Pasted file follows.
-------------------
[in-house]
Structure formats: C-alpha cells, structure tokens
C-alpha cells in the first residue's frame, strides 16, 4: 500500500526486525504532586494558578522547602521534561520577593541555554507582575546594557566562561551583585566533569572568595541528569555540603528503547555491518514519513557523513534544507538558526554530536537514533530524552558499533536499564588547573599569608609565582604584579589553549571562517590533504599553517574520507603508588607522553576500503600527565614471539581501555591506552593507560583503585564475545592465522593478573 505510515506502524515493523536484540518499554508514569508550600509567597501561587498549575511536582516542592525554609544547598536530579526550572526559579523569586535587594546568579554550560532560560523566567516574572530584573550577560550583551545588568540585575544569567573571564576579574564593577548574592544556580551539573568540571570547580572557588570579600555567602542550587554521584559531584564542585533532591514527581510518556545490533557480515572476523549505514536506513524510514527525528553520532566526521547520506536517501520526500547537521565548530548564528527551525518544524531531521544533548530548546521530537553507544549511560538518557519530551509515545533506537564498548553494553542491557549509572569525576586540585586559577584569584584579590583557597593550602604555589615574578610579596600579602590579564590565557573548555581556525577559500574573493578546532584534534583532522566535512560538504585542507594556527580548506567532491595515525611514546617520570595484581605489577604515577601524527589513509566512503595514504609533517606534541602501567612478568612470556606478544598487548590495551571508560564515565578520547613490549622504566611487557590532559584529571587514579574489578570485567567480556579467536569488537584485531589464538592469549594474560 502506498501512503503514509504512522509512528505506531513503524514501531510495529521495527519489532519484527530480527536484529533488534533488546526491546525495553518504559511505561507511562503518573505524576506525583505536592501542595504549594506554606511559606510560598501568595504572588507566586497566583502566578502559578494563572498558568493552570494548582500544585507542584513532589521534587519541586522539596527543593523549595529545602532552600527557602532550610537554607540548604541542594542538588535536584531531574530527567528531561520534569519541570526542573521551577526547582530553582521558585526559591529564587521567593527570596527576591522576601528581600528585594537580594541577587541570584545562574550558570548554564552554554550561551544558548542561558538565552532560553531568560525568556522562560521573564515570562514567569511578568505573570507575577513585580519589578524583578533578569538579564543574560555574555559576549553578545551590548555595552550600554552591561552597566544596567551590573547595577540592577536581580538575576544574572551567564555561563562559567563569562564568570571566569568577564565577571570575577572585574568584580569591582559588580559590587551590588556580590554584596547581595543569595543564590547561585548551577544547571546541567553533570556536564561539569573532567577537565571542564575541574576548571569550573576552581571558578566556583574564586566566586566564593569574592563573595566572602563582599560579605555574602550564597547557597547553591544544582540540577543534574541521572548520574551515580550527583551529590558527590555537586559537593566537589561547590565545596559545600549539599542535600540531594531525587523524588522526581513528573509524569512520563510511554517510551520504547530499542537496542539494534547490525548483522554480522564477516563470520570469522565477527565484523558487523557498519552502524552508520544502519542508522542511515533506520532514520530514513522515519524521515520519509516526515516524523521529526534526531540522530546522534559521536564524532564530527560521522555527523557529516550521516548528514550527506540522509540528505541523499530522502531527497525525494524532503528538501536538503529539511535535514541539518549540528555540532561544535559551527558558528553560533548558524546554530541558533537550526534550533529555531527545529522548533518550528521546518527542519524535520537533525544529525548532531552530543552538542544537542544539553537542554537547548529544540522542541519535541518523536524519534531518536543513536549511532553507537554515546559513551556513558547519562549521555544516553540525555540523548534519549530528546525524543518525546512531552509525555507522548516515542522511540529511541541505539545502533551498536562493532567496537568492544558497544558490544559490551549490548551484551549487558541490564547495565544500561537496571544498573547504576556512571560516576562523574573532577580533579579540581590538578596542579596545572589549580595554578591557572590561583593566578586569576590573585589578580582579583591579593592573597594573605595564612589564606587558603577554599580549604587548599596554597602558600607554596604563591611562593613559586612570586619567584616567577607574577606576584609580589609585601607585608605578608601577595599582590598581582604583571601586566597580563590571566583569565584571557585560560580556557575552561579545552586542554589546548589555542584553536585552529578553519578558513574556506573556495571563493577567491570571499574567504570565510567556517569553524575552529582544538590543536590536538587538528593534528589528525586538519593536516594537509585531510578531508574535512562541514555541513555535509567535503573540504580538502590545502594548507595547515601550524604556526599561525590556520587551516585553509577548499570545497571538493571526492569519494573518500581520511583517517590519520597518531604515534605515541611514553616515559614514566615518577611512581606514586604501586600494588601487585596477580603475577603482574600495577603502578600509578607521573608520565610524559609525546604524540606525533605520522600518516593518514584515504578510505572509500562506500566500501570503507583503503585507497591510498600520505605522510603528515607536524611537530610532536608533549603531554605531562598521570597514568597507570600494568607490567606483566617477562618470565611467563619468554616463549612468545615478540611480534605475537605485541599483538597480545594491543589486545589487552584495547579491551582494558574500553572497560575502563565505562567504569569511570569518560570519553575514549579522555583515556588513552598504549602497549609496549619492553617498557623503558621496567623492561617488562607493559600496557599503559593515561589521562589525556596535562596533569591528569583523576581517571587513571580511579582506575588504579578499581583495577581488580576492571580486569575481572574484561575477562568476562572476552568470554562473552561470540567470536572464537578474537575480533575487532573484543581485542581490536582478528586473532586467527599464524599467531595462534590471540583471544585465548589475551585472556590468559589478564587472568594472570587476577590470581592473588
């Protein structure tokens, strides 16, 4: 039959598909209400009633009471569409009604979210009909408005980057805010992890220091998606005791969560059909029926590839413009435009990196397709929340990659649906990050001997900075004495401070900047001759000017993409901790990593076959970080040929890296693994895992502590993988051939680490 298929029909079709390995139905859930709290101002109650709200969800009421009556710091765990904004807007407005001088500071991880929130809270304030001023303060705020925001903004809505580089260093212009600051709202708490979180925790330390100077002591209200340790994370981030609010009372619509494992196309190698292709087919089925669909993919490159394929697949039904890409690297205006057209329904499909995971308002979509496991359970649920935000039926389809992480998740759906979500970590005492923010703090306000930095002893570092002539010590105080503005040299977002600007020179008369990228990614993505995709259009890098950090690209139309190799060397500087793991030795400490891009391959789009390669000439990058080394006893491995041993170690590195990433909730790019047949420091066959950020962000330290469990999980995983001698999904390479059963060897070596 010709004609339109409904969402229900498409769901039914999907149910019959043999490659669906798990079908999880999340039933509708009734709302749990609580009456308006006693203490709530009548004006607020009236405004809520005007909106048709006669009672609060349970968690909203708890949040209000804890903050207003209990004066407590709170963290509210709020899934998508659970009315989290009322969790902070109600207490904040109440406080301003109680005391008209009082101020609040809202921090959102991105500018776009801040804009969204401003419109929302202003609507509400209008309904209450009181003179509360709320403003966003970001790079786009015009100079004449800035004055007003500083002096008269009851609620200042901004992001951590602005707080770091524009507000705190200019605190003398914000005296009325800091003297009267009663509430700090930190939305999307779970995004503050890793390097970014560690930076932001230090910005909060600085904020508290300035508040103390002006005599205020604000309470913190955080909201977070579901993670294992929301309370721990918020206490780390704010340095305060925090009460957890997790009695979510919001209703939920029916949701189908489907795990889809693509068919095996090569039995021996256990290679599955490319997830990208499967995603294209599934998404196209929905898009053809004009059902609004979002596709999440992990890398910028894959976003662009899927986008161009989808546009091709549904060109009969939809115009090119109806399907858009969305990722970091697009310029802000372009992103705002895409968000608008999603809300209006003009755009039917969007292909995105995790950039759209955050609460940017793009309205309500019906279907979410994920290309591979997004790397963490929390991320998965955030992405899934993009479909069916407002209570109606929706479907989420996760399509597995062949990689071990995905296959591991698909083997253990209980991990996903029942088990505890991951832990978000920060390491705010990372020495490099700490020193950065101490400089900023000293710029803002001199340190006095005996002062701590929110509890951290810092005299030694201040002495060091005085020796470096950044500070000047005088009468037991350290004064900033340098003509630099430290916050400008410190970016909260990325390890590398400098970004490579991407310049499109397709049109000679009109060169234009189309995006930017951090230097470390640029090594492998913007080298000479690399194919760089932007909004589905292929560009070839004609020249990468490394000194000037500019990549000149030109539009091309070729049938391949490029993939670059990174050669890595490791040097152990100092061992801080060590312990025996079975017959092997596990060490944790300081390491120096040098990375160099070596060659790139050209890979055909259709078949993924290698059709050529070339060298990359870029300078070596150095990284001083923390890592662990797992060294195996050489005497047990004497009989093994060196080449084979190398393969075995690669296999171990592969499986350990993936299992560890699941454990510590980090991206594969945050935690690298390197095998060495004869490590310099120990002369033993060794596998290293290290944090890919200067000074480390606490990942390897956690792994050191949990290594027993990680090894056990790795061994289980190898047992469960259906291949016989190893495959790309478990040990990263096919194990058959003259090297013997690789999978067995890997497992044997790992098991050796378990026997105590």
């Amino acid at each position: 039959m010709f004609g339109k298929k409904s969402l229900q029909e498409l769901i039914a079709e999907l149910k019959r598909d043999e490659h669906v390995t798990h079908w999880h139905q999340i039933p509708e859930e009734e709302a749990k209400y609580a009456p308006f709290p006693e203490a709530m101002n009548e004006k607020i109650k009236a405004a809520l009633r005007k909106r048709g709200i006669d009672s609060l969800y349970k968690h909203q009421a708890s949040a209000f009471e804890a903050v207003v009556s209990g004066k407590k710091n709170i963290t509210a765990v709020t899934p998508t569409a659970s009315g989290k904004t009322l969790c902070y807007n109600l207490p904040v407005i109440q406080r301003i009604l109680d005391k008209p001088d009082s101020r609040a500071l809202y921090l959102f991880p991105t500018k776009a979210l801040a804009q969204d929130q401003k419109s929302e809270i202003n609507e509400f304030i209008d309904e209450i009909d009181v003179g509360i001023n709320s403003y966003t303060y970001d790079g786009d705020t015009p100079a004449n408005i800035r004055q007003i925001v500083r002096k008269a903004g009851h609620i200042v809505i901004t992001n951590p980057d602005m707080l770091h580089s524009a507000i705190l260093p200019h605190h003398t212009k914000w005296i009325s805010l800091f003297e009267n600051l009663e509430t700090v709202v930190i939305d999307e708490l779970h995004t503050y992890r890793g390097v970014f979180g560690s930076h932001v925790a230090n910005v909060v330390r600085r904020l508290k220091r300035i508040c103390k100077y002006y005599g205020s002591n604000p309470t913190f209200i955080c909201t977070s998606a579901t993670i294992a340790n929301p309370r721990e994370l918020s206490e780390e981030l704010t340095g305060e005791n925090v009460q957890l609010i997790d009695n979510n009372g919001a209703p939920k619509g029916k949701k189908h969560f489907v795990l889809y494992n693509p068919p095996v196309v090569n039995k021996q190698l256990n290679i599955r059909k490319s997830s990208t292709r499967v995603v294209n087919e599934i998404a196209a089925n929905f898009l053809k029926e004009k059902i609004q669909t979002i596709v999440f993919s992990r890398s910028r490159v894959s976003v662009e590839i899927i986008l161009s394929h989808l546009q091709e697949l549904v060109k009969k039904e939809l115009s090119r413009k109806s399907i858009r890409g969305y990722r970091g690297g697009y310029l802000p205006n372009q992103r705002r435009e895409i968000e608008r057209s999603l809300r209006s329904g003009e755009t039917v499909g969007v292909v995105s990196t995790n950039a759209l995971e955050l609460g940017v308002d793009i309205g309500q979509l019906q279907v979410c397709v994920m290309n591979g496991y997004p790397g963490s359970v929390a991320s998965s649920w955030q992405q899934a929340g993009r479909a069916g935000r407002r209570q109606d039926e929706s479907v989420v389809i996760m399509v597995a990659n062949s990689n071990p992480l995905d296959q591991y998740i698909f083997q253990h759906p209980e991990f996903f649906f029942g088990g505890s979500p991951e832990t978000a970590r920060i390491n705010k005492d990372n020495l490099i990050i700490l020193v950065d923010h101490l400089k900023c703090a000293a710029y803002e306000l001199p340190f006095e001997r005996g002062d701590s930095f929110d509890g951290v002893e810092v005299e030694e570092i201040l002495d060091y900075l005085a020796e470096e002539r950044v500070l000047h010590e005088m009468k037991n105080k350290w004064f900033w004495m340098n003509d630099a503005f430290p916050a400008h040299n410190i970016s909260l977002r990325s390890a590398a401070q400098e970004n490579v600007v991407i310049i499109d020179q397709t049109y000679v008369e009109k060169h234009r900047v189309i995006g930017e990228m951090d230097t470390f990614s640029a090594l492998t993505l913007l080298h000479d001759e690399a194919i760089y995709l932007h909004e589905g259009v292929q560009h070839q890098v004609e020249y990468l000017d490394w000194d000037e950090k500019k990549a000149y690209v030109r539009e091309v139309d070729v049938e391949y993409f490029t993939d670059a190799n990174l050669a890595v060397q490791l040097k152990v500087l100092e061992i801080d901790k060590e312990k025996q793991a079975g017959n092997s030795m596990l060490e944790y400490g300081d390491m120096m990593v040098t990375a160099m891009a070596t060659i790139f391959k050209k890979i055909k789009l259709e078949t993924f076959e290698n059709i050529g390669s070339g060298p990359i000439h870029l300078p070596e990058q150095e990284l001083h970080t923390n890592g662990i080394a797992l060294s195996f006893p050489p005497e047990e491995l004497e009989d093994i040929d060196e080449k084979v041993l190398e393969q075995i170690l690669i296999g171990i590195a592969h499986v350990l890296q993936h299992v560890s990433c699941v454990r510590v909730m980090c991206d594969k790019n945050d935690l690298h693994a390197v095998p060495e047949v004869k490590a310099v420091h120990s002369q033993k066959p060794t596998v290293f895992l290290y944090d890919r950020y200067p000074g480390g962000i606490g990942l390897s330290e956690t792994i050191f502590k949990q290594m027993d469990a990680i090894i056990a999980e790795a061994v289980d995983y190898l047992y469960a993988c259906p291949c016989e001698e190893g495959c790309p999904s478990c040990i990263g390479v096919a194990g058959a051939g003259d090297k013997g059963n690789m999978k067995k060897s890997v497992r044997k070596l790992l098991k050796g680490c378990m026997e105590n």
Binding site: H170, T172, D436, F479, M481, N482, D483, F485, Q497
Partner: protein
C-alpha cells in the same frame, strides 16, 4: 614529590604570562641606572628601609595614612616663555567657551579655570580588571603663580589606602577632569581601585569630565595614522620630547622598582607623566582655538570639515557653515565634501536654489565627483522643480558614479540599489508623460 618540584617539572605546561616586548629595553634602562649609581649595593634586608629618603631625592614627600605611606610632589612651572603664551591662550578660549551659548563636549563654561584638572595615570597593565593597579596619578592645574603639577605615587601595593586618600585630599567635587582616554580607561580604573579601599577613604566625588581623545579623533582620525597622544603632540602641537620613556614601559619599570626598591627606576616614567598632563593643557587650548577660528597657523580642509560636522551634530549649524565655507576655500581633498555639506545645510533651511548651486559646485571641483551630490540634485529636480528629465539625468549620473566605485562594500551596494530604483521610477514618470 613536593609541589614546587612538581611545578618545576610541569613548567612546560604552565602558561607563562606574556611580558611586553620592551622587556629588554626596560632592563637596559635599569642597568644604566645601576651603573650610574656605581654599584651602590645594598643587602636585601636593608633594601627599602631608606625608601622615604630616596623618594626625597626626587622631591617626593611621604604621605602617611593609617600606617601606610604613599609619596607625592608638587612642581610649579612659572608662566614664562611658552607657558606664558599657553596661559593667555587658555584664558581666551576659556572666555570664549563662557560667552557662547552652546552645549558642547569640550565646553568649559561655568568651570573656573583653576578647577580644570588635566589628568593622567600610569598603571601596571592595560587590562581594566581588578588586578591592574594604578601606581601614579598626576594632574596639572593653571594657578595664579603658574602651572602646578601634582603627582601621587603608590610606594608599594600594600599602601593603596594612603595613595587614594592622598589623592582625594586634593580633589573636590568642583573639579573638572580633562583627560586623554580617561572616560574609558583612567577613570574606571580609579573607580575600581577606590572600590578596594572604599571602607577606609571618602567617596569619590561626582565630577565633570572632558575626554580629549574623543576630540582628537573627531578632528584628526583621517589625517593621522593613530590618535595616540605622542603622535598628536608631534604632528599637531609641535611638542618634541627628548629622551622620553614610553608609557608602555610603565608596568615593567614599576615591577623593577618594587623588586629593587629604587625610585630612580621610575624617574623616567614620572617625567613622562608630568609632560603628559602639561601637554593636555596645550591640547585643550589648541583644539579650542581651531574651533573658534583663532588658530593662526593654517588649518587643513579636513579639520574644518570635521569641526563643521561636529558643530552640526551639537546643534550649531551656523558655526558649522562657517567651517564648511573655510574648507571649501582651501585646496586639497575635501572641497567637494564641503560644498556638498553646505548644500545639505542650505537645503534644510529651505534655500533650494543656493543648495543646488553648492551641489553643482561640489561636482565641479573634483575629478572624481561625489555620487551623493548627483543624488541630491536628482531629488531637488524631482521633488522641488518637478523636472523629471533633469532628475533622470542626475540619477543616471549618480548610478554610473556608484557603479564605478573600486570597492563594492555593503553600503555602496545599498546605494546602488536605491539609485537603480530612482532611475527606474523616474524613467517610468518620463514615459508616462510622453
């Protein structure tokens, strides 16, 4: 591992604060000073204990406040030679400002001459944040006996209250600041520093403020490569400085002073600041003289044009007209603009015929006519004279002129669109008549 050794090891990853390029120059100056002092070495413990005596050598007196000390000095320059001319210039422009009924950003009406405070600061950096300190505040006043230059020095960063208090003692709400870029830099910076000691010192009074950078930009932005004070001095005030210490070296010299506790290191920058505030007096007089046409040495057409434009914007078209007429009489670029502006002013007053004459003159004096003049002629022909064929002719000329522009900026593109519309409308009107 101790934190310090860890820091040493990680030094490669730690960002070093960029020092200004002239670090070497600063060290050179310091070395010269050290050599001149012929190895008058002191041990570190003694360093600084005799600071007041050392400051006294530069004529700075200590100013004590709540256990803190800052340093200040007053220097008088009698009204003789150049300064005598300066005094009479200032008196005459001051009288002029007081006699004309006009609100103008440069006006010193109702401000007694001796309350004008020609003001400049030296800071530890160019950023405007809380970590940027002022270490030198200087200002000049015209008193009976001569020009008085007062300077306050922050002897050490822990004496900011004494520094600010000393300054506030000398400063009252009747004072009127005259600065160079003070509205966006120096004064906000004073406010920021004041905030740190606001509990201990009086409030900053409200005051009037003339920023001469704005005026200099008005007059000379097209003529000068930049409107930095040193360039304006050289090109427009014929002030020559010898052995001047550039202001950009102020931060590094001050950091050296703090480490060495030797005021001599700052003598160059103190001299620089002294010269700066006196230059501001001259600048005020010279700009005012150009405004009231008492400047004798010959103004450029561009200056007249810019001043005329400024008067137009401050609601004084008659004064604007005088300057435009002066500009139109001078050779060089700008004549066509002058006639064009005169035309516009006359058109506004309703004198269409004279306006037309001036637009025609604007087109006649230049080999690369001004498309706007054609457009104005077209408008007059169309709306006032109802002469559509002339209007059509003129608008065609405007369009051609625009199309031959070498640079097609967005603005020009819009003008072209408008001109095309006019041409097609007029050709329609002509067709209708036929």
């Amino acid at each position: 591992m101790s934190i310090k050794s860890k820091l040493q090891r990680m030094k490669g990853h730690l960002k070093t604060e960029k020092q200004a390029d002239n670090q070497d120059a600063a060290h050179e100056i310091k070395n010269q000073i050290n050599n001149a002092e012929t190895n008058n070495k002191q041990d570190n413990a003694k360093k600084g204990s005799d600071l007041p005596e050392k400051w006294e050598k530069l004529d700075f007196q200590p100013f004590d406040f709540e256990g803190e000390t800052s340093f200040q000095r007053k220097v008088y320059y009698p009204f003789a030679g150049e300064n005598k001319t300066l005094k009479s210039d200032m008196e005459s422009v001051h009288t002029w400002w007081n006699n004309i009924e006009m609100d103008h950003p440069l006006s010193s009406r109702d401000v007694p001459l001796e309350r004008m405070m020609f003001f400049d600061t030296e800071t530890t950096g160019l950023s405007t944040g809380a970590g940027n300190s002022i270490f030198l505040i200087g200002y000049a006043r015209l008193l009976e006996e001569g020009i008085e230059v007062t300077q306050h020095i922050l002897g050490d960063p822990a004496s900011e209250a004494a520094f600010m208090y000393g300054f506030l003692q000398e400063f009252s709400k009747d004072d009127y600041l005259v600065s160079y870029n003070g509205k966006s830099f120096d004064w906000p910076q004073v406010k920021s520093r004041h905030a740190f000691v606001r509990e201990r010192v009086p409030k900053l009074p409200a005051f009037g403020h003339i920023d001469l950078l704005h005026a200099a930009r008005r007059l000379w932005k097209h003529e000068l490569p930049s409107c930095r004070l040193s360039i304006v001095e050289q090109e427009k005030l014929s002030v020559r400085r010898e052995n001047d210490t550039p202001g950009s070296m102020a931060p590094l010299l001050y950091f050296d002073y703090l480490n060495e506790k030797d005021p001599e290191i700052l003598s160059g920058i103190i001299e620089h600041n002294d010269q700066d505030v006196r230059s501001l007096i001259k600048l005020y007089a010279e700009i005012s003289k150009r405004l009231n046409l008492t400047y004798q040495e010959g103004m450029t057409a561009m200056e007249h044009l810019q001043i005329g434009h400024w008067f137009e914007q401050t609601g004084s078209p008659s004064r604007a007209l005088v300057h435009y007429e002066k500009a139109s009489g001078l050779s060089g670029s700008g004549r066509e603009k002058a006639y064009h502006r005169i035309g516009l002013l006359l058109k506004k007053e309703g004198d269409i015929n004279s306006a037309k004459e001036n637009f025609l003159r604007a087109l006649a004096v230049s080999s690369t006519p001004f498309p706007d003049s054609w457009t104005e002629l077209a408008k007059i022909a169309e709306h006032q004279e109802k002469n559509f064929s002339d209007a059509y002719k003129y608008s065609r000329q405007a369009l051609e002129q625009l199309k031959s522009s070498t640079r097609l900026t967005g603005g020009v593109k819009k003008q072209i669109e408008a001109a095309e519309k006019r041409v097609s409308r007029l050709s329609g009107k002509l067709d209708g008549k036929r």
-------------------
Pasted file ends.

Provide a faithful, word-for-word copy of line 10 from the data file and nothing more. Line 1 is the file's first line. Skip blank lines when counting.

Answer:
């Amino acid at each position: 591992m101790s934190i310090k050794s860890k820091l040493q090891r990680m030094k490669g990853h730690l960002k070093t604060e960029k020092q200004a390029d002239n670090q070497d120059a600063a060290h050179e100056i310091k070395n010269q000073i050290n050599n001149a002092e012929t190895n008058n070495k002191q041990d570190n413990a003694k360093k600084g204990s005799d600071l007041p005596e050392k400051w006294e050598k530069l004529d700075f007196q200590p100013f004590d406040f709540e256990g803190e000390t800052s340093f200040q000095r007053k220097v008088y320059y009698p009204f003789a030679g150049e300064n005598k001319t300066l005094k009479s210039d200032m008196e005459s422009v001051h009288t002029w400002w007081n006699n004309i009924e006009m609100d103008h950003p440069l006006s010193s009406r109702d401000v007694p001459l001796e309350r004008m405070m020609f003001f400049d600061t030296e800071t530890t950096g160019l950023s405007t944040g809380a970590g940027n300190s002022i270490f030198l505040i200087g200002y000049a006043r015209l008193l009976e006996e001569g020009i008085e230059v007062t300077q306050h020095i922050l002897g050490d960063p822990a004496s900011e209250a004494a520094f600010m208090y000393g300054f506030l003692q000398e400063f009252s709400k009747d004072d009127y600041l005259v600065s160079y870029n003070g509205k966006s830099f120096d004064w906000p910076q004073v406010k920021s520093r004041h905030a740190f000691v606001r509990e201990r010192v009086p409030k900053l009074p409200a005051f009037g403020h003339i920023d001469l950078l704005h005026a200099a930009r008005r007059l000379w932005k097209h003529e000068l490569p930049s409107c930095r004070l040193s360039i304006v001095e050289q090109e427009k005030l014929s002030v020559r400085r010898e052995n001047d210490t550039p202001g950009s070296m102020a931060p590094l010299l001050y950091f050296d002073y703090l480490n060495e506790k030797d005021p001599e290191i700052l003598s160059g920058i103190i001299e620089h600041n002294d010269q700066d505030v006196r230059s501001l007096i001259k600048l005020y007089a010279e700009i005012s003289k150009r405004l009231n046409l008492t400047y004798q040495e010959g103004m450029t057409a561009m200056e007249h044009l810019q001043i005329g434009h400024w008067f137009e914007q401050t609601g004084s078209p008659s004064r604007a007209l005088v300057h435009y007429e002066k500009a139109s009489g001078l050779s060089g670029s700008g004549r066509e603009k002058a006639y064009h502006r005169i035309g516009l002013l006359l058109k506004k007053e309703g004198d269409i015929n004279s306006a037309k004459e001036n637009f025609l003159r604007a087109l006649a004096v230049s080999s690369t006519p001004f498309p706007d003049s054609w457009t104005e002629l077209a408008k007059i022909a169309e709306h006032q004279e109802k002469n559509f064929s002339d209007a059509y002719k003129y608008s065609r000329q405007a369009l051609e002129q625009l199309k031959s522009s070498t640079r097609l900026t967005g603005g020009v593109k819009k003008q072209i669109e408008a001109a095309e519309k006019r041409v097609s409308r007029l050709s329609g009107k002509l067709d209708g008549k036929r």